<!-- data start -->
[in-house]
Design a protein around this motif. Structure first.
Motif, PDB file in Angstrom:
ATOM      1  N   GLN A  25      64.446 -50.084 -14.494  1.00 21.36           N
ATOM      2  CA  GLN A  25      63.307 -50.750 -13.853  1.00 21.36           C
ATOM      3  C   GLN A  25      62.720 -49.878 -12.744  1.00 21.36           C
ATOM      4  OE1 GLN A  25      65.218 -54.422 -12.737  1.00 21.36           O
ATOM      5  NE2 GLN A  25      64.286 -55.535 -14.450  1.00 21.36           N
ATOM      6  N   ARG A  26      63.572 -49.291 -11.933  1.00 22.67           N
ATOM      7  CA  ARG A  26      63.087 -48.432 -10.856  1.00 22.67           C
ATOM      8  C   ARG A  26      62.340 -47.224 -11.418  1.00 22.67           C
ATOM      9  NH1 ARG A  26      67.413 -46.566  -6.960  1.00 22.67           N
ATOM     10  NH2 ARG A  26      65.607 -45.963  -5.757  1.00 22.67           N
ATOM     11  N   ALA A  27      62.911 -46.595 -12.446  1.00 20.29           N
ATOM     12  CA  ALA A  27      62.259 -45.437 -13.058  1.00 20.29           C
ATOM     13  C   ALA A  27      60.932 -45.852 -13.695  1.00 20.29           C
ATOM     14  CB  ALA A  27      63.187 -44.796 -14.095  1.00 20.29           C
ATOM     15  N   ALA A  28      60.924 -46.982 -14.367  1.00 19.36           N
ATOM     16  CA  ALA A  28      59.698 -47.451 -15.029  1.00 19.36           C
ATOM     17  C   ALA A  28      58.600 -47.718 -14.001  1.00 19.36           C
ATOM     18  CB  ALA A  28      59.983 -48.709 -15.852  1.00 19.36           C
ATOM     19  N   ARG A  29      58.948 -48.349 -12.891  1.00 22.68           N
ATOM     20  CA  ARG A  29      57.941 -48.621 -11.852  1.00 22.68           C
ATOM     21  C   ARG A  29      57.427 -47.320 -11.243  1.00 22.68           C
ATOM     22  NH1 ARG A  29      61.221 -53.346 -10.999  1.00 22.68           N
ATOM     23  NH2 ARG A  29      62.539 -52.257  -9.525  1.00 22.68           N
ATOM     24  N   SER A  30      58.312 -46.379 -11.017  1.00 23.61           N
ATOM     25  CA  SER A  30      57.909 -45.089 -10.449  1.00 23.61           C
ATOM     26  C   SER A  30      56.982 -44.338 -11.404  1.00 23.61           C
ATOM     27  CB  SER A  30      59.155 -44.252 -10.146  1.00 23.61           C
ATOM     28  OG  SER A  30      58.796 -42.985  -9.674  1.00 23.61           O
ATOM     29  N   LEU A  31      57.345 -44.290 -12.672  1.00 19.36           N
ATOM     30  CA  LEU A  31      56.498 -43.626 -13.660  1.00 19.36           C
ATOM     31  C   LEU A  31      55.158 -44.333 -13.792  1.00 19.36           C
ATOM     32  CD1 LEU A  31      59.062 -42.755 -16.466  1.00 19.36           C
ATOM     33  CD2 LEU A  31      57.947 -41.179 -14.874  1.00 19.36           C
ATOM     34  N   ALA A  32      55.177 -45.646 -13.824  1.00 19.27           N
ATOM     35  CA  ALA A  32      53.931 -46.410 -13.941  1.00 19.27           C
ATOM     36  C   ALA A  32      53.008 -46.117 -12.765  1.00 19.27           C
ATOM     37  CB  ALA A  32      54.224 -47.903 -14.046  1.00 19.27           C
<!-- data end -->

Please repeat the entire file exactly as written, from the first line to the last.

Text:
[in-house]
Design a protein around this motif. Structure first.
Motif, PDB file in Angstrom:
ATOM      1  N   GLN A  25      64.446 -50.084 -14.494  1.00 21.36           N
ATOM      2  CA  GLN A  25      63.307 -50.750 -13.853  1.00 21.36           C
ATOM      3  C   GLN A  25      62.720 -49.878 -12.744  1.00 21.36           C
ATOM      4  OE1 GLN A  25      65.218 -54.422 -12.737  1.00 21.36           O
ATOM      5  NE2 GLN A  25      64.286 -55.535 -14.450  1.00 21.36           N
ATOM      6  N   ARG A  26      63.572 -49.291 -11.933  1.00 22.67           N
ATOM      7  CA  ARG A  26      63.087 -48.432 -10.856  1.00 22.67           C
ATOM      8  C   ARG A  26      62.340 -47.224 -11.418  1.00 22.67           C
ATOM      9  NH1 ARG A  26      67.413 -46.566  -6.960  1.00 22.67           N
ATOM     10  NH2 ARG A  26      65.607 -45.963  -5.757  1.00 22.67           N
ATOM     11  N   ALA A  27      62.911 -46.595 -12.446  1.00 20.29           N
ATOM     12  CA  ALA A  27      62.259 -45.437 -13.058  1.00 20.29           C
ATOM     13  C   ALA A  27      60.932 -45.852 -13.695  1.00 20.29           C
ATOM     14  CB  ALA A  27      63.187 -44.796 -14.095  1.00 20.29           C
ATOM     15  N   ALA A  28      60.924 -46.982 -14.367  1.00 19.36           N
ATOM     16  CA  ALA A  28      59.698 -47.451 -15.029  1.00 19.36           C
ATOM     17  C   ALA A  28      58.600 -47.718 -14.001  1.00 19.36           C
ATOM     18  CB  ALA A  28      59.983 -48.709 -15.852  1.00 19.36           C
ATOM     19  N   ARG A  29      58.948 -48.349 -12.891  1.00 22.68           N
ATOM     20  CA  ARG A  29      57.941 -48.621 -11.852  1.00 22.68           C
ATOM     21  C   ARG A  29      57.427 -47.320 -11.243  1.00 22.68           C
ATOM     22  NH1 ARG A  29      61.221 -53.346 -10.999  1.00 22.68           N
ATOM     23  NH2 ARG A  29      62.539 -52.257  -9.525  1.00 22.68           N
ATOM     24  N   SER A  30      58.312 -46.379 -11.017  1.00 23.61           N
ATOM     25  CA  SER A  30      57.909 -45.089 -10.449  1.00 23.61           C
ATOM     26  C   SER A  30      56.982 -44.338 -11.404  1.00 23.61           C
ATOM     27  CB  SER A  30      59.155 -44.252 -10.146  1.00 23.61           C
ATOM     28  OG  SER A  30      58.796 -42.985  -9.674  1.00 23.61           O
ATOM     29  N   LEU A  31      57.345 -44.290 -12.672  1.00 19.36           N
ATOM     30  CA  LEU A  31      56.498 -43.626 -13.660  1.00 19.36           C
ATOM     31  C   LEU A  31      55.158 -44.333 -13.792  1.00 19.36           C
ATOM     32  CD1 LEU A  31      59.062 -42.755 -16.466  1.00 19.36           C
ATOM     33  CD2 LEU A  31      57.947 -41.179 -14.874  1.00 19.36           C
ATOM     34  N   ALA A  32      55.177 -45.646 -13.824  1.00 19.27           N
ATOM     35  CA  ALA A  32      53.931 -46.410 -13.941  1.00 19.27           C
ATOM     36  C   ALA A  32      53.008 -46.117 -12.765  1.00 19.27           C
ATOM     37  CB  ALA A  32      54.224 -47.903 -14.046  1.00 19.27           C